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Shall We Dance Movie

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ENTERTAINMENT
July 8, 1997 | STEVEN SMITH, SPECIAL TO THE TIMES
The warmhearted Japanese comedy "Shall We Dance?" has inspired several happy endings beyond its becoming one of the nation's biggest homemade hits, with a take of more than $30 million. It's brought international fame to its 40-year-old writer-director, Masayuki Suo, and social acceptance to a pastime long viewed with suspicion in Japan: ballroom dancing--which, partly because of the film, is now a national craze.
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ENTERTAINMENT
May 2, 2003
Production of "Shall We Dance," starring Richard Gere and Jennifer Lopez, is moving from Toronto to Winnipeg, Canada, in part because of Toronto's SARS outbreak. A Miramax spokesman said the fact that Winnipeg's locations fit the script better played a bigger role in the decision. The film, to be directed by Peter Chelsom, is a remake of a 1997 Japanese film released by Miramax, with the remake set in Chicago. Shooting is set to start June 23.
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ENTERTAINMENT
May 2, 2003
Production of "Shall We Dance," starring Richard Gere and Jennifer Lopez, is moving from Toronto to Winnipeg, Canada, in part because of Toronto's SARS outbreak. A Miramax spokesman said the fact that Winnipeg's locations fit the script better played a bigger role in the decision. The film, to be directed by Peter Chelsom, is a remake of a 1997 Japanese film released by Miramax, with the remake set in Chicago. Shooting is set to start June 23.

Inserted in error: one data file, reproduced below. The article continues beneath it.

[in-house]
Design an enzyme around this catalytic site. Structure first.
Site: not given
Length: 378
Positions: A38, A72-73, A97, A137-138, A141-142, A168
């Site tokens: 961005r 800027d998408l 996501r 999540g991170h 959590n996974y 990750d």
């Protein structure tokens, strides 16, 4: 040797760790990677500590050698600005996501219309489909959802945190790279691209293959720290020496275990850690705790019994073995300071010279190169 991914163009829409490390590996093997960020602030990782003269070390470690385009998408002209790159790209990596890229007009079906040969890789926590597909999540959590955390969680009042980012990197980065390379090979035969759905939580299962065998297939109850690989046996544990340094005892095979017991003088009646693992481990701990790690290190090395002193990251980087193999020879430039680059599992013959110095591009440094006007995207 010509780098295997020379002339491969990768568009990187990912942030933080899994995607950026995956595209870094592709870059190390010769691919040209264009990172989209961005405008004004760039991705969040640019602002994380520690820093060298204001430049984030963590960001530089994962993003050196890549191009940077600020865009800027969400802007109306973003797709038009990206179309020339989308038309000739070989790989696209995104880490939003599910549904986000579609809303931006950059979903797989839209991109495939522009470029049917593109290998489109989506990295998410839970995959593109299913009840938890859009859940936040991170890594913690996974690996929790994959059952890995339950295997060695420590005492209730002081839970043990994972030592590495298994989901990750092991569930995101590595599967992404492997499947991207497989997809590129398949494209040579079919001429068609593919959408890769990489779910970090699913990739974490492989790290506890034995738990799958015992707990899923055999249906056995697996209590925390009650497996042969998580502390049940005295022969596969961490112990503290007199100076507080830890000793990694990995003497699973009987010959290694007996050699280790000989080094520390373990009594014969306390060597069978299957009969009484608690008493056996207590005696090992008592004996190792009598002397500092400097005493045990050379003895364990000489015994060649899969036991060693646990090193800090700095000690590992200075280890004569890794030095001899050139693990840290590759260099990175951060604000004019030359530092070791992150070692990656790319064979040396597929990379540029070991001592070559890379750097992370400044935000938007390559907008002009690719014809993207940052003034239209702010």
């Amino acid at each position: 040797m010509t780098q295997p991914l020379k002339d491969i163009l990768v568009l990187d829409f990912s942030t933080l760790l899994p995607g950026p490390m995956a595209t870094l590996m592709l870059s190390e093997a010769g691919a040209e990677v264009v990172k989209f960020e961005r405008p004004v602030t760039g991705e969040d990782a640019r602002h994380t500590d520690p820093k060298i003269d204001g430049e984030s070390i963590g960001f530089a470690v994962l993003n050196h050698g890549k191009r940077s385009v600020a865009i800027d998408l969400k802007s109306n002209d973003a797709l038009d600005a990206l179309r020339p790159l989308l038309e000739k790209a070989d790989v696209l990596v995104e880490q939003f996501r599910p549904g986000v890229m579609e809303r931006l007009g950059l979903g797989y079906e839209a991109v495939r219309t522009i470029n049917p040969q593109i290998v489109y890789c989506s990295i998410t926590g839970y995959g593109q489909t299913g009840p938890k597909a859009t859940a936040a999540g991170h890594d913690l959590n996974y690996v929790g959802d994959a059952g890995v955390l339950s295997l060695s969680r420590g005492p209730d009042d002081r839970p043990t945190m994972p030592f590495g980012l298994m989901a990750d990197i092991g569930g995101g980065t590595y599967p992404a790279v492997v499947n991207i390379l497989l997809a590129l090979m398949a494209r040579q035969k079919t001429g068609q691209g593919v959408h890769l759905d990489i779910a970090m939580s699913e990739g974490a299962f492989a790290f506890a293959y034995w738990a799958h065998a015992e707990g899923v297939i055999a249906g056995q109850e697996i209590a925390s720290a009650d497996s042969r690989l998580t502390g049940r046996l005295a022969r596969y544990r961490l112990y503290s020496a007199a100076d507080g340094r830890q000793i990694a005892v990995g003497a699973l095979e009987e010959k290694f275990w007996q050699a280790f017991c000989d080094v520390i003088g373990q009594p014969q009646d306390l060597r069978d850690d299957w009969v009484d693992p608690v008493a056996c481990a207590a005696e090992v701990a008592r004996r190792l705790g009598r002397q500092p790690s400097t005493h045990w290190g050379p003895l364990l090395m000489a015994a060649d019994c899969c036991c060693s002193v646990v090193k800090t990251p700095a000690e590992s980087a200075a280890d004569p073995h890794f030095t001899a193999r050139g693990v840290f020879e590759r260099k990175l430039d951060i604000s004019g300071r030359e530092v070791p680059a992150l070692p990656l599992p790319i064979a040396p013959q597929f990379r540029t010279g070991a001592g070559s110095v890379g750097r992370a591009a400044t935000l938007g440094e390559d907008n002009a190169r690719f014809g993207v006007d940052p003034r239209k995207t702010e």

ENTERTAINMENT
July 8, 1997 | STEVEN SMITH, SPECIAL TO THE TIMES
The warmhearted Japanese comedy "Shall We Dance?" has inspired several happy endings beyond its becoming one of the nation's biggest homemade hits, with a take of more than $30 million. It's brought international fame to its 40-year-old writer-director, Masayuki Suo, and social acceptance to a pastime long viewed with suspicion in Japan: ballroom dancing--which, partly because of the film, is now a national craze.
ENTERTAINMENT
March 31, 1996 | Teresa Watanabe, Teresa Watanabe is The Times' Tokyo bureau chief
It's 7:30 p.m. and the dark-suited Japanese business executives are beginning to trudge into the room. From the depths of their bags and briefcases, they pull out--suede-soled shoes. They don them and shrug off their jackets. Then, with steely concentration, they begin an intense training to help them achieve their latest competitive goal. But this session is a graceful recital of movement. Glide, thrust, turn; slow, slow, quick.
ENTERTAINMENT
March 31, 1996 | Teresa Watanabe, Teresa Watanabe is The Times' Tokyo bureau chief
It's 7:30 p.m. and the dark-suited Japanese business executives are beginning to trudge into the room. From the depths of their bags and briefcases, they pull out--suede-soled shoes. They don them and shrug off their jackets. Then, with steely concentration, they begin an intense training to help them achieve their latest competitive goal. But this session is a graceful recital of movement. Glide, thrust, turn; slow, slow, quick.
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